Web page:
This section discusses the software bugs that could not be fixed in time for this release. For updated information, check Hot News for Sun WorkShop 6 (http://www.sun.com/workshop/users/ws.html).

  1. RWCString constructors are still significantly slower in the thread-ready version of the library. This should not affect most users.

  2. We have changed several member functions in the template collection classes to return const T& rather than T. This is generally a win because it means that the overhead of copying things from method to method is avoided. However, in a few cases, code will break: If your code depended on getting a copy of an object to avoid const issues, you may now find that your non-const methods will not work with our const references. The ideal solution is to re-write your code to be const correct.

  3. Problems persisting RWBoolean or bool using operators << and >> with vstreams. If your compiler supports bool as a "real type", we undef RW_NO_BOOL, and typedef RWBoolean to bool. But because converting a pointer to a bool is a standard conversion, if we had provided operators >> and << to extract or insert RWBoolean (bool) from and to vstreams, your compiler might correctly complain that it cannot choose between (for instance):
           RWpostream::operator<<(RWBoolean)
    
    (for instance)
           operator<<(RWVostream&, const RWCollectable*)
    
    when you attempt code like
           anRWpostream << aDerivedCollectable*
    
    (The reason it cannot decide is that in each case, one of the arguments is an exact match, but the other requires a built-in conversion, thus each choice is equally good.)

    This problem can be addressed by re-designing the Tools.h++ virtual streams, but the required change is neither link compatible (nor even code compatible for some users) with the current state of our code, so that solution will be postponed. For the moment, we have instead removed the insertion and extraction operators overloaded for bool. This restriction does not apply to the put() and get() methods of the vstream hierarchy, so RWBoolean (bool) may still be persisted, but not using the overloaded operators.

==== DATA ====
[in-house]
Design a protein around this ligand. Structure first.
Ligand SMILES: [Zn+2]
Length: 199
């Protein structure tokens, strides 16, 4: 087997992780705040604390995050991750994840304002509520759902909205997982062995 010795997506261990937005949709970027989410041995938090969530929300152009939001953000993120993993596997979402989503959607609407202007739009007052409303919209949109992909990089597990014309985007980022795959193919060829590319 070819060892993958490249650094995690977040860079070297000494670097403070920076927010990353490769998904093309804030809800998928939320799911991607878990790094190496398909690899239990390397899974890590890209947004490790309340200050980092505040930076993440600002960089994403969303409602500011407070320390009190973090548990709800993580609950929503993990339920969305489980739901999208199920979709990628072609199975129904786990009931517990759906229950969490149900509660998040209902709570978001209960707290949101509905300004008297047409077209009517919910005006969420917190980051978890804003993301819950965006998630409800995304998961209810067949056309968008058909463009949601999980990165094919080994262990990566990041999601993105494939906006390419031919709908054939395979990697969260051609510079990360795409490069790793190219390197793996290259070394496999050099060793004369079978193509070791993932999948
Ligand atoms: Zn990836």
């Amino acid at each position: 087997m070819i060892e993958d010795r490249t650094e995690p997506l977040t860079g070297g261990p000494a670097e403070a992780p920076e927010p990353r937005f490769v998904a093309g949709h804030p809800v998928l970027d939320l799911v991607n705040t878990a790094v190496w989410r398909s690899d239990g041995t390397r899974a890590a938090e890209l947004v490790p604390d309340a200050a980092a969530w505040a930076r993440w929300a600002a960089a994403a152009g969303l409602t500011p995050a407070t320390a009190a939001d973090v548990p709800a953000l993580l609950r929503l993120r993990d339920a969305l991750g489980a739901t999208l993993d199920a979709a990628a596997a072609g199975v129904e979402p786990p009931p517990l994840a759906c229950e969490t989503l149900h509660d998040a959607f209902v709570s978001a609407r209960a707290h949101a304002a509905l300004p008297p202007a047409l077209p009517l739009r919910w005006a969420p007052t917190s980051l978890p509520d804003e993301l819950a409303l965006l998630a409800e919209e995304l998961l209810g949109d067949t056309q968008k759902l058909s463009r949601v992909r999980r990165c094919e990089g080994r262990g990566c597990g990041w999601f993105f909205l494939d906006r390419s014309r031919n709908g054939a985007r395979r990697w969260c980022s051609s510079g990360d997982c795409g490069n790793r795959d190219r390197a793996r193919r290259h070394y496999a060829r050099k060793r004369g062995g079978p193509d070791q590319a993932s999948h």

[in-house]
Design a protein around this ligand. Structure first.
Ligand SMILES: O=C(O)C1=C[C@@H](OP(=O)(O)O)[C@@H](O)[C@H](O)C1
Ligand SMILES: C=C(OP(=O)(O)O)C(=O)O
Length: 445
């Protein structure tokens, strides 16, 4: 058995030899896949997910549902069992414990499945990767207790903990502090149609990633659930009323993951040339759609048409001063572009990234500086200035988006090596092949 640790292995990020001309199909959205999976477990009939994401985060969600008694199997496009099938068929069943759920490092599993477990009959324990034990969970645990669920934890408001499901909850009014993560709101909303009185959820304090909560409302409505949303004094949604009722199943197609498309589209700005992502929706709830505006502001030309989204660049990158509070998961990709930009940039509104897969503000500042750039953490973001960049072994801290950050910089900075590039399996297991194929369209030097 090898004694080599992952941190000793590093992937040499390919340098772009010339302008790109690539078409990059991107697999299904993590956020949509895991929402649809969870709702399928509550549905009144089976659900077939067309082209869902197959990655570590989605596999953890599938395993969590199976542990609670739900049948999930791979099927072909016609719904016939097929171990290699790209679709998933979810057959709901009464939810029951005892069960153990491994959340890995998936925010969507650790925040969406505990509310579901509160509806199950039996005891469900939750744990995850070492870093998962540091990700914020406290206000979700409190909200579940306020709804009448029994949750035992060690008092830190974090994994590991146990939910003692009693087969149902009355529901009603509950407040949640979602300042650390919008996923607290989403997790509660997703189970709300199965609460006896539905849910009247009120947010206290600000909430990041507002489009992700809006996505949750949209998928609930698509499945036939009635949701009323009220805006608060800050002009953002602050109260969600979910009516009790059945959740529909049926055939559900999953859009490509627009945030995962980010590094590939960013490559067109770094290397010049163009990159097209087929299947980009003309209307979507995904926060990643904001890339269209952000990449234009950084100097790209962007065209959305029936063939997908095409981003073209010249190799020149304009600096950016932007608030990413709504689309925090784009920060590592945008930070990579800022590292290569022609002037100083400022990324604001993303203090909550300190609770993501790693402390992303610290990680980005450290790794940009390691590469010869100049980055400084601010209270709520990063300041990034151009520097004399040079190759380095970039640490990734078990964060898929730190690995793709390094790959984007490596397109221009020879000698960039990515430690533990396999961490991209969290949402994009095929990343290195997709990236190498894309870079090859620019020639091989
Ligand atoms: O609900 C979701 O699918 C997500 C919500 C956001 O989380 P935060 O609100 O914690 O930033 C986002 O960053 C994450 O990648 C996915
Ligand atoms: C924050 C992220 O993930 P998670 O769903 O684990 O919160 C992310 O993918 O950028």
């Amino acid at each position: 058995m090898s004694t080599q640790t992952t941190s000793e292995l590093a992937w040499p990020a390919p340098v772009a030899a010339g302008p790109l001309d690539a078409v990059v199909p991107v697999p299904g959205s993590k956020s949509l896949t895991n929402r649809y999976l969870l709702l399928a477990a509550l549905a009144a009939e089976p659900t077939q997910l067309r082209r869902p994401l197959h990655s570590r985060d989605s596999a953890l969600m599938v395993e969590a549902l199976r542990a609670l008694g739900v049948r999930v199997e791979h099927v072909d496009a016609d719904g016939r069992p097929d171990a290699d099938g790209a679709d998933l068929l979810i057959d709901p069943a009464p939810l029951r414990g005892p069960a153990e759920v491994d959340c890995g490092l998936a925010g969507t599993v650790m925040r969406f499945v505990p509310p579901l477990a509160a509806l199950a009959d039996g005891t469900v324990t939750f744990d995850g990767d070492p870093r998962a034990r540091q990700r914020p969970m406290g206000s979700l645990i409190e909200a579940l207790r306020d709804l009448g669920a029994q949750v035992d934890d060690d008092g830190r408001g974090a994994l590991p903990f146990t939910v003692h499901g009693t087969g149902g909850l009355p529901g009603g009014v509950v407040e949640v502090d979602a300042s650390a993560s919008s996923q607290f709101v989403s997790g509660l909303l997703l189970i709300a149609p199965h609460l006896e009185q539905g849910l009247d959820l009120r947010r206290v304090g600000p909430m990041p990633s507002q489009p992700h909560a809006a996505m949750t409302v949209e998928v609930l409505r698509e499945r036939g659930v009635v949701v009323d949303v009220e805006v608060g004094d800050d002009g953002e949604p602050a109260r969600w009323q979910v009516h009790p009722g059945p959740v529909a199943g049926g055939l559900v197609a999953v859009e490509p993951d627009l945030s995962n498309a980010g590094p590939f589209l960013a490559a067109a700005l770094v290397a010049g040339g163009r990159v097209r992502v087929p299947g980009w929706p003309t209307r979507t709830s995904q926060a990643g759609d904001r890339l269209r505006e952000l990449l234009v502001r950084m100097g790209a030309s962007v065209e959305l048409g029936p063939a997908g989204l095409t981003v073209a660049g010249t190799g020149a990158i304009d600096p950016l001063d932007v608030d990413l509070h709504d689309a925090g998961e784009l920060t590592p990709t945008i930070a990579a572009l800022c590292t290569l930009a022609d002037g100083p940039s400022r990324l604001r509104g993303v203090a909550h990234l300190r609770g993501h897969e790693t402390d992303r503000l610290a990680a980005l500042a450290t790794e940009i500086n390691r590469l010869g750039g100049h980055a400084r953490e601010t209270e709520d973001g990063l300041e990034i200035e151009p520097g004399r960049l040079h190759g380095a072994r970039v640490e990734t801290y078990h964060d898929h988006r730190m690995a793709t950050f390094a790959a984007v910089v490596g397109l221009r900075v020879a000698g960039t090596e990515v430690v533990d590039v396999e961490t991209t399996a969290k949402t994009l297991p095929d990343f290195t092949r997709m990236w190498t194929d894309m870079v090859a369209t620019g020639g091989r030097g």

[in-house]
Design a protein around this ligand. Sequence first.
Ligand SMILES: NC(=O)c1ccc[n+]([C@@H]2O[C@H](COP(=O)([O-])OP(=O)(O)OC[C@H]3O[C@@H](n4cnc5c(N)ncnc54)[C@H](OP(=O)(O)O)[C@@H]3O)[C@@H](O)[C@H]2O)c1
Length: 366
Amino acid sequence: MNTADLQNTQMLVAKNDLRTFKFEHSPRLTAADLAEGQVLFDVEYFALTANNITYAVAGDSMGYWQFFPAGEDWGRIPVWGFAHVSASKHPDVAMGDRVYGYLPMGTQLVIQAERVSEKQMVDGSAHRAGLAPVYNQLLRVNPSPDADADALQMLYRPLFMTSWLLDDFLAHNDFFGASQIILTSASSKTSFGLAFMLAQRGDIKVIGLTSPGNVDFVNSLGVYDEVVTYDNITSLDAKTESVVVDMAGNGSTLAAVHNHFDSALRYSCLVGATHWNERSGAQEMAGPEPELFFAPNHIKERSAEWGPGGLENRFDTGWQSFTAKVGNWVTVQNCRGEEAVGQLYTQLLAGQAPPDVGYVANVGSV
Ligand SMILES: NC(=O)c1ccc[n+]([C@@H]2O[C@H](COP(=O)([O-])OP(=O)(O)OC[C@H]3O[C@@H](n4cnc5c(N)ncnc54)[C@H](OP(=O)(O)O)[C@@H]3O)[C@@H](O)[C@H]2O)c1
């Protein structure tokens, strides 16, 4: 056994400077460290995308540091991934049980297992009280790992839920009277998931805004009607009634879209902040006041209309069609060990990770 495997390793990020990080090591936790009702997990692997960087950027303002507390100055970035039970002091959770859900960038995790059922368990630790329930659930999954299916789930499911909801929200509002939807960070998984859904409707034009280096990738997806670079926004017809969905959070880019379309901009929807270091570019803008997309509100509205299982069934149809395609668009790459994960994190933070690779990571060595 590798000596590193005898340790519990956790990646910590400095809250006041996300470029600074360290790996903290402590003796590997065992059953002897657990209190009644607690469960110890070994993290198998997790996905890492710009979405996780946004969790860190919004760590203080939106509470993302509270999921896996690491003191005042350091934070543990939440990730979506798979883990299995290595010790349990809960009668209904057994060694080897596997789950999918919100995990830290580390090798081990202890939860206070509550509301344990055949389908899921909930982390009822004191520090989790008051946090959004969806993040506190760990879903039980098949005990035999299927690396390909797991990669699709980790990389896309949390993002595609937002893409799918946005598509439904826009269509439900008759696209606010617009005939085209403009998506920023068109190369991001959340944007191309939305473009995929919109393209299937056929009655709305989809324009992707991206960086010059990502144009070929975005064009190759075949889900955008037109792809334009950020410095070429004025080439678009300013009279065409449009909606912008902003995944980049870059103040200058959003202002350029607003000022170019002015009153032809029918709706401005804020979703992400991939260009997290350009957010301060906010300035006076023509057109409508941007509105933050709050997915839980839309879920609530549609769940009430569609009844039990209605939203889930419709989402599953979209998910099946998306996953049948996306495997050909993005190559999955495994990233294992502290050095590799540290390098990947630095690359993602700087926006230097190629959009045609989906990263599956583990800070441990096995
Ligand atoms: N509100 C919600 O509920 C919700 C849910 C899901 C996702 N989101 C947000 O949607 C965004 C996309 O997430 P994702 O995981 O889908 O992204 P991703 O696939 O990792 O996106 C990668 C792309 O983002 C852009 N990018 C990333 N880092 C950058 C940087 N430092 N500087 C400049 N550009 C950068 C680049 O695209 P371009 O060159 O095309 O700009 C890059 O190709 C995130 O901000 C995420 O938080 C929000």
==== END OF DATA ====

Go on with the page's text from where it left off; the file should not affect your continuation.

Unfortunately, those compilers which trigger this problem will quietly convert a bool to some other type when inserting into a vstream: code such as this appears to work:

         aPostream << FALSE << " or " << TRUE;
    
    but the corresponding extractor will fail:
         aPistream >> oneRWBoolean << aString << anotherRWBoolean;
    
    Equally unfortunate, at least one of these compilers will issue a completely unhelpful diagnostic suggesting that oneRWBoolean and anotherRWBoolean be changed to "const int reference." If your compiler issues any diagnostic suggestive of a problem extracting a bool from a vistream, you must apply the following fix, not just to extraction code (flagged by the compiler) but also to insertion code, because otherwise the number of bytes inserted will not match the number which you get() from the stream. The fix is to replace code like this: